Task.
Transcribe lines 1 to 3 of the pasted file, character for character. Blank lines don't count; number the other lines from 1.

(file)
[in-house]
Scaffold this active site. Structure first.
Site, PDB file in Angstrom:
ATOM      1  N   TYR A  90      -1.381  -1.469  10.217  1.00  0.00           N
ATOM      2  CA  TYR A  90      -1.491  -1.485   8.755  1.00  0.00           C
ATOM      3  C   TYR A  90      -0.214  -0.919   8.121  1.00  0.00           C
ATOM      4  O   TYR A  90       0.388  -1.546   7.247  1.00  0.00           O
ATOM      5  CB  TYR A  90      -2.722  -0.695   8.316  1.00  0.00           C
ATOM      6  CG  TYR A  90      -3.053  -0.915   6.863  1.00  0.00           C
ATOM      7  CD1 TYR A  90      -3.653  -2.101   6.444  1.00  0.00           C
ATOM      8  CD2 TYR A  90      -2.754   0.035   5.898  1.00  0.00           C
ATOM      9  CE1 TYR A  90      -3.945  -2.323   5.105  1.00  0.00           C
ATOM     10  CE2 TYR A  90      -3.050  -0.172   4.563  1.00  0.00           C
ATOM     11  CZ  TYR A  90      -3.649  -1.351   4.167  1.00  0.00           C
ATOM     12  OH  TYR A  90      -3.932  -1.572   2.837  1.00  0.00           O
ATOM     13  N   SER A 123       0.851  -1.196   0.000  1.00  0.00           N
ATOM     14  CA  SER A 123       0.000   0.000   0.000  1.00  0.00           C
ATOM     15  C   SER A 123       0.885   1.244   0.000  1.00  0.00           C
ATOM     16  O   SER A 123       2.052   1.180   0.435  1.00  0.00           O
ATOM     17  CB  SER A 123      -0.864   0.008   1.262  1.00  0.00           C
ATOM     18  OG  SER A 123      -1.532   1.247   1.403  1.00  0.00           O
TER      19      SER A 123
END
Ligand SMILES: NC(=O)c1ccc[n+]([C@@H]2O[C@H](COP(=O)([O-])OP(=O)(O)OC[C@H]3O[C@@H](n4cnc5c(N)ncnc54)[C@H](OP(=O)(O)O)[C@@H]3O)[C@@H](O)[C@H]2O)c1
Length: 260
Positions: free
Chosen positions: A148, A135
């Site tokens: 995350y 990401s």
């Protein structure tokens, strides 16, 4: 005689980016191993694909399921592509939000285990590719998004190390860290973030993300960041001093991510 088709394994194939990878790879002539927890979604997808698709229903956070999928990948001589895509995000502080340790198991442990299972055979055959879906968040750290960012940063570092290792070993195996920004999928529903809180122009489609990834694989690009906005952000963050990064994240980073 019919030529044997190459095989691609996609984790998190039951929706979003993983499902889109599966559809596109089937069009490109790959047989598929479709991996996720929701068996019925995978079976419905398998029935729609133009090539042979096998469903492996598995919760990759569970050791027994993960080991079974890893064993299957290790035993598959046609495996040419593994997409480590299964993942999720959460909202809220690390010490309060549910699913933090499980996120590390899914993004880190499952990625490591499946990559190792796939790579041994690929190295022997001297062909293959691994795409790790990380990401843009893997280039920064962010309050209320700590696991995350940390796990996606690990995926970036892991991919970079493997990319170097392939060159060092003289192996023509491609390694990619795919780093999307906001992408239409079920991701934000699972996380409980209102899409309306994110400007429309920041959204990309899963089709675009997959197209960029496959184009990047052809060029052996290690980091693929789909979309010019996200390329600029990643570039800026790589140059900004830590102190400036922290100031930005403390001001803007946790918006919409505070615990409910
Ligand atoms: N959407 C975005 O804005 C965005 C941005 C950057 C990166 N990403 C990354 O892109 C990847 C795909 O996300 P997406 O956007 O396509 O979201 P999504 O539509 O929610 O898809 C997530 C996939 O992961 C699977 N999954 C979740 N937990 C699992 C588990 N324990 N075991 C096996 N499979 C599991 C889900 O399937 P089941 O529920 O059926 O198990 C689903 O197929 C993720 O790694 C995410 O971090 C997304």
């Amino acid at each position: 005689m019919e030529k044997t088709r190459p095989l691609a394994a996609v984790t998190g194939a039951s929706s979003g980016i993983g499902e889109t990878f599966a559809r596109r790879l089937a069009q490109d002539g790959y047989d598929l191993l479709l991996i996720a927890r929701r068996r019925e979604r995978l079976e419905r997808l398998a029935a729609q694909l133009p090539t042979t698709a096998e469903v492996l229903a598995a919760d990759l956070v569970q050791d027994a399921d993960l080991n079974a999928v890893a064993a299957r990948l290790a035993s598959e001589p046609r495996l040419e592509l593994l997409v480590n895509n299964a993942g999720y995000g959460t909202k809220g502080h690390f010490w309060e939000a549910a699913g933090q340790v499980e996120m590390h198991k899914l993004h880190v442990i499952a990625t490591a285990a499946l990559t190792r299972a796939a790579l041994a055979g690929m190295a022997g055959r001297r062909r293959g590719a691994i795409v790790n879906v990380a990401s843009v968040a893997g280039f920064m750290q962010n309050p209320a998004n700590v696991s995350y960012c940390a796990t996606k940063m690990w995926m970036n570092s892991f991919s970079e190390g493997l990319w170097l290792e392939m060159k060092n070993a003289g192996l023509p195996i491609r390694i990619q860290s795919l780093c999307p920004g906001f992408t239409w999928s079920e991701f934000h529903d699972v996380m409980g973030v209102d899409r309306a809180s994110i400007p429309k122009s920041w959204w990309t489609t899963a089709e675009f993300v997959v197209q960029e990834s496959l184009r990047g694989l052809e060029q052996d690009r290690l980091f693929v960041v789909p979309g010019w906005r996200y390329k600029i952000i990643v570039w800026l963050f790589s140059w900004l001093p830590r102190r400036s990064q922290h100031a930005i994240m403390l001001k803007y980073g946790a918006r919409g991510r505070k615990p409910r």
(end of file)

[in-house]
Scaffold this active site. Structure first.
Site, PDB file in Angstrom: